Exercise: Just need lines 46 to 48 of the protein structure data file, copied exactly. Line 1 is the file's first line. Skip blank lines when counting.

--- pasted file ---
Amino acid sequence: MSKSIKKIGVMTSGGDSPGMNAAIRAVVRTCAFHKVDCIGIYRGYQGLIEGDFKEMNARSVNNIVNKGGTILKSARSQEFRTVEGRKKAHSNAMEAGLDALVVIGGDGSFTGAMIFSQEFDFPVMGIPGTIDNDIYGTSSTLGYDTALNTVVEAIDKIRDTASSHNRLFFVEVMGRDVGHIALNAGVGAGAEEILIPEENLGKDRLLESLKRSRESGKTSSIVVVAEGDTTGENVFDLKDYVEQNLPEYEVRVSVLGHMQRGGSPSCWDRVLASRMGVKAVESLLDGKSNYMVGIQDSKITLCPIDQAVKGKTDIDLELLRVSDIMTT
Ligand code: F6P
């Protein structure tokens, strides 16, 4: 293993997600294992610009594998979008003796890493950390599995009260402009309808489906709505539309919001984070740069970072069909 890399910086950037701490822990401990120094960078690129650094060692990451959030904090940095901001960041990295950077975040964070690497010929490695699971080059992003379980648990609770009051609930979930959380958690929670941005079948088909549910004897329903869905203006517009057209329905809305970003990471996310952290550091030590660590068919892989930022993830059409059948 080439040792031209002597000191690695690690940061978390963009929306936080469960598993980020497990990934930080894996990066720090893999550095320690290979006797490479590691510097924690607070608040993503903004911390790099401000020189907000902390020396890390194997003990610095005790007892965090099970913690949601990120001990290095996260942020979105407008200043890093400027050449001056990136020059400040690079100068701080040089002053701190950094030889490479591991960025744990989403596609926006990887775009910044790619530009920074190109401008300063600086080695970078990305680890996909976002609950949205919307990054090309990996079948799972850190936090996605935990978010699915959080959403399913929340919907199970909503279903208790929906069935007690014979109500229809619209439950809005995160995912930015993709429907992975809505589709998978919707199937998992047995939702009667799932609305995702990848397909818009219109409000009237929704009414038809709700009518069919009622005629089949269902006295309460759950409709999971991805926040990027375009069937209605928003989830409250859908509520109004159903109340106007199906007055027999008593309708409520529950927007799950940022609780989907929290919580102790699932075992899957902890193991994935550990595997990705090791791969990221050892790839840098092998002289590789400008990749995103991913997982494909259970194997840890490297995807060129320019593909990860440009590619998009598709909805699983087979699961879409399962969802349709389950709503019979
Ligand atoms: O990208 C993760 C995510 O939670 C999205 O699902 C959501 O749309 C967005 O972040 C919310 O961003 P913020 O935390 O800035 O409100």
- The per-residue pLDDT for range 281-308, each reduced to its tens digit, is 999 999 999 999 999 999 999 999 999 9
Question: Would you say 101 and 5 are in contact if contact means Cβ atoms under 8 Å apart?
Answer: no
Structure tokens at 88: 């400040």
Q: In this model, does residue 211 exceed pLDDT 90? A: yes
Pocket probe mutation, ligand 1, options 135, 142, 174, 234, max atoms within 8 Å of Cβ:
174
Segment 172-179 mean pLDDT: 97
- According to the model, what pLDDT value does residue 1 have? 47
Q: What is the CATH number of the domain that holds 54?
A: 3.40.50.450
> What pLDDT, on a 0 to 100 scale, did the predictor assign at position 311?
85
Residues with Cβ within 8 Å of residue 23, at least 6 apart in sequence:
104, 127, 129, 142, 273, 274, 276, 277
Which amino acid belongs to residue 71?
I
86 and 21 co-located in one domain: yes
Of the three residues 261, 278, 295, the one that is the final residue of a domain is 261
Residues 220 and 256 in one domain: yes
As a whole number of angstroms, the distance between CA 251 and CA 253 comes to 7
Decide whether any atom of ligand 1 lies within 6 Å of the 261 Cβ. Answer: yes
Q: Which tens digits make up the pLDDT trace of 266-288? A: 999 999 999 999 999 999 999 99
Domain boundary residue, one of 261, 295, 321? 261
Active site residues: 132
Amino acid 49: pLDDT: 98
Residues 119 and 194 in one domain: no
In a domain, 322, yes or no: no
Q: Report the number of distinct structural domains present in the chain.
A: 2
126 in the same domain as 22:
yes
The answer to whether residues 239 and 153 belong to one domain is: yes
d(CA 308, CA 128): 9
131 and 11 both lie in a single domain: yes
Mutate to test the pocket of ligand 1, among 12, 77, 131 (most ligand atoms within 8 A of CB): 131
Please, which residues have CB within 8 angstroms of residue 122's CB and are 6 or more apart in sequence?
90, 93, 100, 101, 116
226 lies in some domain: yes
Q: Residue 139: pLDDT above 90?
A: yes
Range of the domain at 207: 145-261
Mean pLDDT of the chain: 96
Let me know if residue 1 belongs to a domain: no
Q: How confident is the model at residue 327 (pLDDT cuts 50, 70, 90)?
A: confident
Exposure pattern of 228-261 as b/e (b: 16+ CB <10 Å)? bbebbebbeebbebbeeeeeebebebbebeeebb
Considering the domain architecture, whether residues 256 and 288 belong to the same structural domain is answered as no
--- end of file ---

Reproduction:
Range of the domain at 207: 145-261
Mean pLDDT of the chain: 96
Let me know if residue 1 belongs to a domain: no